The nation's governors got an extra-ordinary guided tour through Jimmy Carter's foreign policy last night when he outlined for them in a wide-ranging discussion his aims and goals in international affairs.
It caught the chief executives of 37 states and five territories by surprise. The president launched into his discussion during his toast after a White House dinner at the climax of the midwinter meeting of the National Governors' Association.
The dinner ended on an upbeat note the three-day conference which had been punctuated at times with partisan volleys and barbs by potential presidential challengers.
In addition, grabbing many of the headlines had been an issue favored by some of the governors that calls for a constitutional convention to draft an amendment requiring a balanced federal budget. But by late yesterday the governors had passed with a voice vote the president's proposal to balance the budget by 1981.
By last night you'd have thought the whole thing had ended with love at arm's length. to hear the White House tell it.
"It was a peaceful love fest -- they loved the president," Eugene Eidenberg, deputy assistant to the president for intergovernmental affairs, said of the afternoon's windup session.
Standing in the great hall of the White House, Kentucky Gov. Julian Carroll, the chairman of the governors' group, turned from a bearish hug of Vice President Walter Mondale and said, "Yes, the meetings were extremely harmonious. The sour notes just didn't blossom."
The cordial mood continued throughout the after-dinner conversation, following the president's foreign policy remarks.
"I appreciated the departure from domestic policy," said New Mexico Gov. Bruce King. "He was encouraging a new partnership, which is extremely helpful for those of us who border on foreign countries."
Added Arkansas Gov. William Clinton, "Foreign policy was a safe topic, as opposed to inflation and roads. But I think most of these governors are interested in what they can do to stablize working relationships with foreign countries."
As the guests filed into the East Room to hear blues singer Alberta Hunter, Ginny Thornburgh, the wife of Pennsylvania Gov. Richard Thornburgh grabbed President Carter's hand, saying, "Thanks for the lovely evening." The president looked surprised and asked, "Aren't you staying?" It was obvious that few things could have dragged the president away from the concert by the 83-year-old singer.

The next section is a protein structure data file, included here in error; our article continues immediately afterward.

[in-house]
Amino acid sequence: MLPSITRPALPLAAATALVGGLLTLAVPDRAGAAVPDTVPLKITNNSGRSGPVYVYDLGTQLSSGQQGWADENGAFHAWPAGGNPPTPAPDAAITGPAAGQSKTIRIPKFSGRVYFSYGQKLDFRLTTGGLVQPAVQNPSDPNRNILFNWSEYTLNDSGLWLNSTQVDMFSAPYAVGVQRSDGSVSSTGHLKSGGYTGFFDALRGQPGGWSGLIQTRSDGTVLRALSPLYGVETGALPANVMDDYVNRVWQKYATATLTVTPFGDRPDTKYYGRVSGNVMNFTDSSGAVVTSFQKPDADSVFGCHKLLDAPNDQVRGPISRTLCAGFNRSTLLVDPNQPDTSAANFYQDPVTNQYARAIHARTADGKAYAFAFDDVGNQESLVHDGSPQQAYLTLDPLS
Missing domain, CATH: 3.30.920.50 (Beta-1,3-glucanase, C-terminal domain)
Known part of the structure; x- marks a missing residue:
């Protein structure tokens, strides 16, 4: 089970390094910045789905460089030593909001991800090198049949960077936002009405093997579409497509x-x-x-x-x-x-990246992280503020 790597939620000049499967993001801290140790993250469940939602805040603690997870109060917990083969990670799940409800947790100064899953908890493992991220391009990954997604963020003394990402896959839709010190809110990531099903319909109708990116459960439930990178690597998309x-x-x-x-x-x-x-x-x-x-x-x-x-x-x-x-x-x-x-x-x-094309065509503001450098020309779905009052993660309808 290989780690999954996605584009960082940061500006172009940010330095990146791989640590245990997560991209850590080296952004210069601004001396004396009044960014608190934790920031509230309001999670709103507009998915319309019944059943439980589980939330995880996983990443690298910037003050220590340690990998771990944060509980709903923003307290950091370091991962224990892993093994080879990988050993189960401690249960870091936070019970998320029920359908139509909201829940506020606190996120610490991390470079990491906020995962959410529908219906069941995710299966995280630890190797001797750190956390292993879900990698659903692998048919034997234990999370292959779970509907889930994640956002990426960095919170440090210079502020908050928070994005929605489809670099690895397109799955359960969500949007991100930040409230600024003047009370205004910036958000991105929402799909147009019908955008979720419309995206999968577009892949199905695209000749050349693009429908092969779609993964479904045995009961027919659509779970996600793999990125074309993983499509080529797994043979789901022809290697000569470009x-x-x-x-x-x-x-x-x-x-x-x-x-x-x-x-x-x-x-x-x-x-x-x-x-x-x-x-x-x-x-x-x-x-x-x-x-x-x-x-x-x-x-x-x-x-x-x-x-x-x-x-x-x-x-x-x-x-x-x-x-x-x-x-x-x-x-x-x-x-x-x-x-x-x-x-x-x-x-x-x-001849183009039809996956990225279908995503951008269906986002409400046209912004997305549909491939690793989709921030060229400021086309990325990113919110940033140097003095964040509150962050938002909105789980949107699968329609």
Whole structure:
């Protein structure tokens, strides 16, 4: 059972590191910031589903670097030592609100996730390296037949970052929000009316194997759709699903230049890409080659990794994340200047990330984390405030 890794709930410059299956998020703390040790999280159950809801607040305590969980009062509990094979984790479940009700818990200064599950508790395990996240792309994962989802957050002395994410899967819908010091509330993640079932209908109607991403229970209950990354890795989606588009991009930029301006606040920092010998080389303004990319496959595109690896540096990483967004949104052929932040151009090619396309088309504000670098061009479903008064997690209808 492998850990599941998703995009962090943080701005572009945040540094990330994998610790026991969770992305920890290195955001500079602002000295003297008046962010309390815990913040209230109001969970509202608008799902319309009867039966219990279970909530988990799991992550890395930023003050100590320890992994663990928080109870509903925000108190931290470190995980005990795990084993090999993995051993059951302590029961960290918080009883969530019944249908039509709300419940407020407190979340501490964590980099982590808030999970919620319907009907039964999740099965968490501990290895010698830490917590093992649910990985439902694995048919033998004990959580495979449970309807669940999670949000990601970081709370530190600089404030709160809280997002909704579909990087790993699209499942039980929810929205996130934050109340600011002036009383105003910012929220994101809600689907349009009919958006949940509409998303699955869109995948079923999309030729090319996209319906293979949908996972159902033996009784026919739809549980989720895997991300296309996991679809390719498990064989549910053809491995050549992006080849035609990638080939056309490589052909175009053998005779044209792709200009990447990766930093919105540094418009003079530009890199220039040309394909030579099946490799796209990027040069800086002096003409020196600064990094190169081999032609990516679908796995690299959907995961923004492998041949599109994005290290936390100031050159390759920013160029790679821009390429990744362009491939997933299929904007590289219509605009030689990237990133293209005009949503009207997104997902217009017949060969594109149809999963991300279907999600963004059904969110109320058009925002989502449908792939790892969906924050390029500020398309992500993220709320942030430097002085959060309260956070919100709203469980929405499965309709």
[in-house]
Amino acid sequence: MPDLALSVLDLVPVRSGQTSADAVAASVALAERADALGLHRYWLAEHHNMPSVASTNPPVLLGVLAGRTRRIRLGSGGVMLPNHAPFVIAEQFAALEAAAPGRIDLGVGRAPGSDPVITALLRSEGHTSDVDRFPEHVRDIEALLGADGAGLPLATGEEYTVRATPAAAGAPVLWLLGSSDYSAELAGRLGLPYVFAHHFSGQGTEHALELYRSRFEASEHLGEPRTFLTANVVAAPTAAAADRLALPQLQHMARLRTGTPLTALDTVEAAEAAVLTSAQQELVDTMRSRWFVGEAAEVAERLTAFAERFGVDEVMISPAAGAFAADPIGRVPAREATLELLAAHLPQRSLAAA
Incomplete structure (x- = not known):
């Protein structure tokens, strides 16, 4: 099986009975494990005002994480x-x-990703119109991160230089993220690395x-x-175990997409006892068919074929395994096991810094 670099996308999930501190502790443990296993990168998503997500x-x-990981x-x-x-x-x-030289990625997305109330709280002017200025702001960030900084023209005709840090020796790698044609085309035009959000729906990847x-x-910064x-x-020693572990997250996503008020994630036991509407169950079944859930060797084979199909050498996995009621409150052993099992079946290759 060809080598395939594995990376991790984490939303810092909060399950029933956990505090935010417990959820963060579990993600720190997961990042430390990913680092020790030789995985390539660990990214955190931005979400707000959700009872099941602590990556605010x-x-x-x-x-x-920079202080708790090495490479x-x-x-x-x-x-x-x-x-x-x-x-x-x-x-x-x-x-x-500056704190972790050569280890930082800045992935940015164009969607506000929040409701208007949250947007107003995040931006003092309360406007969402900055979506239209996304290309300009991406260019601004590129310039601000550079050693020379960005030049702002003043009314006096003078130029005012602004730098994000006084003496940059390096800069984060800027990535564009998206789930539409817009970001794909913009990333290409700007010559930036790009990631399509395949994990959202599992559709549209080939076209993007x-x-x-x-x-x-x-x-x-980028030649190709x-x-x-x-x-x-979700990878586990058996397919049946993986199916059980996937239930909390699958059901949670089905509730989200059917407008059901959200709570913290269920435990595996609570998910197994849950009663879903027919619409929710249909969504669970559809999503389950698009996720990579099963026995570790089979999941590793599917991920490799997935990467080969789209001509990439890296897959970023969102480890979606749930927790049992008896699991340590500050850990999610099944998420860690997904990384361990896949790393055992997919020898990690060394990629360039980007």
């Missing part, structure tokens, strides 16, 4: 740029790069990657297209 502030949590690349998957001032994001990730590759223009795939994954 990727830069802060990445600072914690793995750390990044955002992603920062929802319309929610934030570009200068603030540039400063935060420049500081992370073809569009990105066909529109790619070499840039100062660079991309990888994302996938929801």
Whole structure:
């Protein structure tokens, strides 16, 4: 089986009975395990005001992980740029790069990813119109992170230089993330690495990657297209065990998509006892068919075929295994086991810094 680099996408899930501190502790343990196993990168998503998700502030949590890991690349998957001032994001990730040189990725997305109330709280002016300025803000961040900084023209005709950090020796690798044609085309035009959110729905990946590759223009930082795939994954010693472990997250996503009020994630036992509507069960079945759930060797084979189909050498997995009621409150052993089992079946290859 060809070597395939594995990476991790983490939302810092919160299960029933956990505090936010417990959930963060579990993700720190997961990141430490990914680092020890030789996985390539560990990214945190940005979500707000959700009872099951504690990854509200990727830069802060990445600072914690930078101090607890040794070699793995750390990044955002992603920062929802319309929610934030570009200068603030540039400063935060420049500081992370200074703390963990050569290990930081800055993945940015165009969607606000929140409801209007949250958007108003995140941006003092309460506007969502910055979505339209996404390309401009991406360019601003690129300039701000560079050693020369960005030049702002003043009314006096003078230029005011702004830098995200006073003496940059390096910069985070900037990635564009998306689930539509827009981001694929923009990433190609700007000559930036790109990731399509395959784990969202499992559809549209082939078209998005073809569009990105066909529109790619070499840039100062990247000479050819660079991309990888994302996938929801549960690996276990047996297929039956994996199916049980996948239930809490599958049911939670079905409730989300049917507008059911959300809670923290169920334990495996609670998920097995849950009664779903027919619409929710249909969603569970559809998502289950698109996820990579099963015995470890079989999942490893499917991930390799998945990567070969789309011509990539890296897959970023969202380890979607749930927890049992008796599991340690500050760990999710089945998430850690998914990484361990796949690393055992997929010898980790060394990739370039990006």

Hunter, who came out of retirement a few years ago to draw standing-room-only crowds at a restaurant in New York's Greenwich Village, has perfected the double entendre blues. For last night's black-tie audience, the raunchier the lyrics, the greater the response.
Several times, Rosalynn Carter shaped her mouth into O's of amazement. Alfred Kahn, the president's inflation adviser, sat on the edge of his chair. As Hunter tapped her black T-strap shoes, she sang about "Get yourself a working man," and the president roared with laughter.
Coming into the White House, many of the governors had to face the embarrassing reality of being anonymous faces to the White House press corps. A young Coast Guard lieutenant announced everyone's name in a loud clear voice. Texas Gov. William P. Clements turned around and asked the lieutenant "Where are you from?" Finding out that Lt. Walter Johnson had been born in Colorado City, Tex., the governor grinned and said, "Well I'm your governor."
When inflation advisor Kahn stepped into the foyer, he cautioned, "No, no I'm not a governor. I'm an adviser to the president and I tie my own ties."
Sidestepping the questions of his oft-rumored presidential availability, Iowa Gov. Robert Ray laughed, "The biggest decisions facing me now is have they served dinner yet? If I really had serious plans [about the 1980 presidential race] you would know about it."
One of the governors who had been particularly visible at the conference sessions never even showed up last night. He was California's Jerry Brown, missing for his second year in a row, the White House dinner for the state executives.
The governors shared round tables with the vice president, the secretaries of interior and agriculture and more than two dozen key assistants to the president.
Agriculture Secretary Bob Bergland said he was no longer in a siege situation because of demonstrating farmers and that he had moved back into his office last Friday.
"I'm back in business," he said, noting that he is "a friendly person -- I just can't agree to everything."